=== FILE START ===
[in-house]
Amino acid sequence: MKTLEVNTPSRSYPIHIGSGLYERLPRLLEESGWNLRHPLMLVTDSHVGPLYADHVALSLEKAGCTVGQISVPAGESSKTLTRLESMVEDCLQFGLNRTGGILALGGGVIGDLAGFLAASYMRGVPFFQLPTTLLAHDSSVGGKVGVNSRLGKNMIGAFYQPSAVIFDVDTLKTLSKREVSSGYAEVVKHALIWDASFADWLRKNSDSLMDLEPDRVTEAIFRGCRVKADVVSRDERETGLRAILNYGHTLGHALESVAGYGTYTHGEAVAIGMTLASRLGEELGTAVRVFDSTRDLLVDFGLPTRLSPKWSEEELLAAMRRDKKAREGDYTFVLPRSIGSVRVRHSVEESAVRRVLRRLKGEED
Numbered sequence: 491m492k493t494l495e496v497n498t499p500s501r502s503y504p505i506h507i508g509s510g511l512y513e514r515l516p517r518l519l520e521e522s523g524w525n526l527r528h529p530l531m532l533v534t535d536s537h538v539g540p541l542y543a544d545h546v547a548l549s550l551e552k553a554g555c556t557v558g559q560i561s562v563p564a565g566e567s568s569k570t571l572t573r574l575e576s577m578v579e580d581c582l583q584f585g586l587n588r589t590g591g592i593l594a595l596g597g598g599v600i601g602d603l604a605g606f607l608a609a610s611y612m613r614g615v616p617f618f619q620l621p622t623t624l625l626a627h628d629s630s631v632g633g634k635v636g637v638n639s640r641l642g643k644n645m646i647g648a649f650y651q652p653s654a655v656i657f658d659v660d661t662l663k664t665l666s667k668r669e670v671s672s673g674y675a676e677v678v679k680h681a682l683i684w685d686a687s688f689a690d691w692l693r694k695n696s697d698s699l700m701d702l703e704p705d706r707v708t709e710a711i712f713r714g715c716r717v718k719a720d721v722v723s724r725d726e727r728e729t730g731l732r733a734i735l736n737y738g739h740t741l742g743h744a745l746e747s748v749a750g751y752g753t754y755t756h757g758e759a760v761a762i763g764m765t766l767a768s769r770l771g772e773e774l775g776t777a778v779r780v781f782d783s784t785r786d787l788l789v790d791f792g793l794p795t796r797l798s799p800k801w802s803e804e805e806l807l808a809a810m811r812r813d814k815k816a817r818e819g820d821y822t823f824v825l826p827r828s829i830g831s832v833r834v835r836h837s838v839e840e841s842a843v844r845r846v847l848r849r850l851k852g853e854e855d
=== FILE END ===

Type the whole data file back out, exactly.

[in-house]
Amino acid sequence: MKTLEVNTPSRSYPIHIGSGLYERLPRLLEESGWNLRHPLMLVTDSHVGPLYADHVALSLEKAGCTVGQISVPAGESSKTLTRLESMVEDCLQFGLNRTGGILALGGGVIGDLAGFLAASYMRGVPFFQLPTTLLAHDSSVGGKVGVNSRLGKNMIGAFYQPSAVIFDVDTLKTLSKREVSSGYAEVVKHALIWDASFADWLRKNSDSLMDLEPDRVTEAIFRGCRVKADVVSRDERETGLRAILNYGHTLGHALESVAGYGTYTHGEAVAIGMTLASRLGEELGTAVRVFDSTRDLLVDFGLPTRLSPKWSEEELLAAMRRDKKAREGDYTFVLPRSIGSVRVRHSVEESAVRRVLRRLKGEED
Numbered sequence: 491m492k493t494l495e496v497n498t499p500s501r502s503y504p505i506h507i508g509s510g511l512y513e514r515l516p517r518l519l520e521e522s523g524w525n526l527r528h529p530l531m532l533v534t535d536s537h538v539g540p541l542y543a544d545h546v547a548l549s550l551e552k553a554g555c556t557v558g559q560i561s562v563p564a565g566e567s568s569k570t571l572t573r574l575e576s577m578v579e580d581c582l583q584f585g586l587n588r589t590g591g592i593l594a595l596g597g598g599v600i601g602d603l604a605g606f607l608a609a610s611y612m613r614g615v616p617f618f619q620l621p622t623t624l625l626a627h628d629s630s631v632g633g634k635v636g637v638n639s640r641l642g643k644n645m646i647g648a649f650y651q652p653s654a655v656i657f658d659v660d661t662l663k664t665l666s667k668r669e670v671s672s673g674y675a676e677v678v679k680h681a682l683i684w685d686a687s688f689a690d691w692l693r694k695n696s697d698s699l700m701d702l703e704p705d706r707v708t709e710a711i712f713r714g715c716r717v718k719a720d721v722v723s724r725d726e727r728e729t730g731l732r733a734i735l736n737y738g739h740t741l742g743h744a745l746e747s748v749a750g751y752g753t754y755t756h757g758e759a760v761a762i763g764m765t766l767a768s769r770l771g772e773e774l775g776t777a778v779r780v781f782d783s784t785r786d787l788l789v790d791f792g793l794p795t796r797l798s799p800k801w802s803e804e805e806l807l808a809a810m811r812r813d814k815k816a817r818e819g820d821y822t823f824v825l826p827r828s829i830g831s832v833r834v835r836h837s838v839e840e841s842a843v844r845r846v847l848r849r850l851k852g853e854e855d